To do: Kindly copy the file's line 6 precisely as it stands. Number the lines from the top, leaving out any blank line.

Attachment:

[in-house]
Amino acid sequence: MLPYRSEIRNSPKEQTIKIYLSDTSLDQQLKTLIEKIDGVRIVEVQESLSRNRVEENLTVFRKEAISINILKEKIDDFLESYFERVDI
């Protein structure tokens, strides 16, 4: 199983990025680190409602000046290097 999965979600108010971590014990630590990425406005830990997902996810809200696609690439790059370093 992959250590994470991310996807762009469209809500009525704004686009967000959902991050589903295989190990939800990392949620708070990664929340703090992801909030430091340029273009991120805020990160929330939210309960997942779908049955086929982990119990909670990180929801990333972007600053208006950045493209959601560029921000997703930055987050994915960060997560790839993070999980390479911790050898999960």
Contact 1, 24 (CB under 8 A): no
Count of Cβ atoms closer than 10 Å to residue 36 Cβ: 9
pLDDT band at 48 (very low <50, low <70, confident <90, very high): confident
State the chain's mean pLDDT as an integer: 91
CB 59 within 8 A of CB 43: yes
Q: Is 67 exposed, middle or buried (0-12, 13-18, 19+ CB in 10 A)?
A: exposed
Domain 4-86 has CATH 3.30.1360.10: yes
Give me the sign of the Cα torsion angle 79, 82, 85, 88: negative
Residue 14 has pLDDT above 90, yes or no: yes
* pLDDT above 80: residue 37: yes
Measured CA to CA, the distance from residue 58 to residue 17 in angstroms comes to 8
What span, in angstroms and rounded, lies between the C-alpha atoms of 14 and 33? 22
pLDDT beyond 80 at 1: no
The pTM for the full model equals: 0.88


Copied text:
pLDDT band at 48 (very low <50, low <70, confident <90, very high): confident